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Make It, Break It and Do It All Over Again

Black objects connected to the center of a circle by wire

One of the best-kept secrets on the UO campus is the Network Startup Resource Center (NSRC), a non-profit activity


housed in Information Services that provides technical assistance to universities and nongovernmental organizations (NGOs) in developing countries.

This past summer, NSRC provided a rare opportunity for UO computer science students to get practical experience working side-by-side with engineers from NSRC’s international clients — who came from as far away as Ghana, Bangladesh, Malawi, Nigeria, Kenya and Nepal.

In addition, eight Chinese students from Tsinghua University and Peking University also participated as part of a larger educational exchange with Pacific Rim universities called CPATHi 18n.

During the NSRC “summer camp,” UO and NSRC network engineers led a lab-based course on the UO campus that provided practical skills in designing and operating computer networks. The program emphasized the importance of the campus network as the foundation in developing robust, high performance National Research and Education Networks (NRENs).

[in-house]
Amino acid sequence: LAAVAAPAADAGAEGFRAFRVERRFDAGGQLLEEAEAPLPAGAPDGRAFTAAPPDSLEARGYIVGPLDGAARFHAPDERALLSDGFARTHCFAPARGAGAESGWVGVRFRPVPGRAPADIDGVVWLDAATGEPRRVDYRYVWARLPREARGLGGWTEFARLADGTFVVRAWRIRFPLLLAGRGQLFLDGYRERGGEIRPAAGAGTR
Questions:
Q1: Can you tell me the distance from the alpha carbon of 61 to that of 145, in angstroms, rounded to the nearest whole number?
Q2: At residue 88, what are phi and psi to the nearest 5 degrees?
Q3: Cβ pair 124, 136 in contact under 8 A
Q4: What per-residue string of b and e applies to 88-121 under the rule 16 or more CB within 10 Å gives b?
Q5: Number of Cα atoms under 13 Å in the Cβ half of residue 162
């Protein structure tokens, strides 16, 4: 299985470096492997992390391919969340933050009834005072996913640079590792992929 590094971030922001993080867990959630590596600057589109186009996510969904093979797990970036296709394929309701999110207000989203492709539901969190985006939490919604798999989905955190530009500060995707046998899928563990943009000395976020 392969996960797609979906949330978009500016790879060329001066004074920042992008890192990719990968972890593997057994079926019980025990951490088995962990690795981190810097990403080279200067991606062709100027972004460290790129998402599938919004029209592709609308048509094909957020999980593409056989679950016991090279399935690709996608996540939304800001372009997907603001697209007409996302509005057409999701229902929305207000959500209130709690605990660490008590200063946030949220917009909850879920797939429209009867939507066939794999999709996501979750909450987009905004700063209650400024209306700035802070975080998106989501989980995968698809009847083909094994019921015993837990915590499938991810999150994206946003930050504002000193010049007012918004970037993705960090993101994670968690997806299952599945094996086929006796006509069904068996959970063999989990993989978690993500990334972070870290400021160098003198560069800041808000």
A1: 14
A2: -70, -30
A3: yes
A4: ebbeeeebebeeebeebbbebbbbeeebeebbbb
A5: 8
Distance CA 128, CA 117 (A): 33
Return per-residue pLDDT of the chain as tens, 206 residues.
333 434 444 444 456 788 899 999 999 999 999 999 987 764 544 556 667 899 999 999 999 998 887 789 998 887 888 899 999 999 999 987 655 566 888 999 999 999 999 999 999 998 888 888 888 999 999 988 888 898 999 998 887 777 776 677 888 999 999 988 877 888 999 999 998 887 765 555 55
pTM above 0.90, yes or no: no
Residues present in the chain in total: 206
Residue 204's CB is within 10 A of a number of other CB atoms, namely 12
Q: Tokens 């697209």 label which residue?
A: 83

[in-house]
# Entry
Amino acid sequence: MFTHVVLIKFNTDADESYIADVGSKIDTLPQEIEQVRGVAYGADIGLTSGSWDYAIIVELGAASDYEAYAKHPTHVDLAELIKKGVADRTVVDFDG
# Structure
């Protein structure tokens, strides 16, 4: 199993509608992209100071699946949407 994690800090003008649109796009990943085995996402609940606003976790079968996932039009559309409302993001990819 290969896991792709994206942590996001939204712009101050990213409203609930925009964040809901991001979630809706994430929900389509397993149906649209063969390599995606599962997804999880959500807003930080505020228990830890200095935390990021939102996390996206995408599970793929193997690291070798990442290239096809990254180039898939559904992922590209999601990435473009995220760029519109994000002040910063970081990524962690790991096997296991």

These configurations were set up so that participants could “design, test, modify, break the network and do it all over again,” said Steve Huter, NSRC director.

This meant that UO students got hands-on experience in network design, an opportunity not normally available as part of their academic curriculum. Students also were exposed to another real-world reality: collaboration across cultural boundaries.

“U.S. companies have internationalized,” said Ginnie Lo, associate professor of computer and information science. “And this workshop gave students an idea of the global nature of the computer networking field.”

Globally relevant computer science education is the aim of CPATHi 18n — an NSF-funded collaboration between the UO and Portland State University. Through CPATHi 18n, the UO has forged relationships with leading universities in Asia through a series of cross-cultural workshops on the internationalization of computer science education. One of the next collaborative projects will be a summer school in global software development in China in 2010.

The NSRC has been promoting Internet technology deployment around the globe for nearly 20 years, with an ultimate goal of making it easier for U.S. scientists, engineers and educators to collaborate via the Internet with international colleagues. Its funders and supporters include the National Science Foundation, the Carnegie Corporation of New York, Internet Society, Cisco Systems and Google, Inc.

Watch video interviews with visitors from Malawi and other developing countries, plus learn more about CPATHi 18n, the NSRC and workshop sponsors.

— Lisa Raleigh

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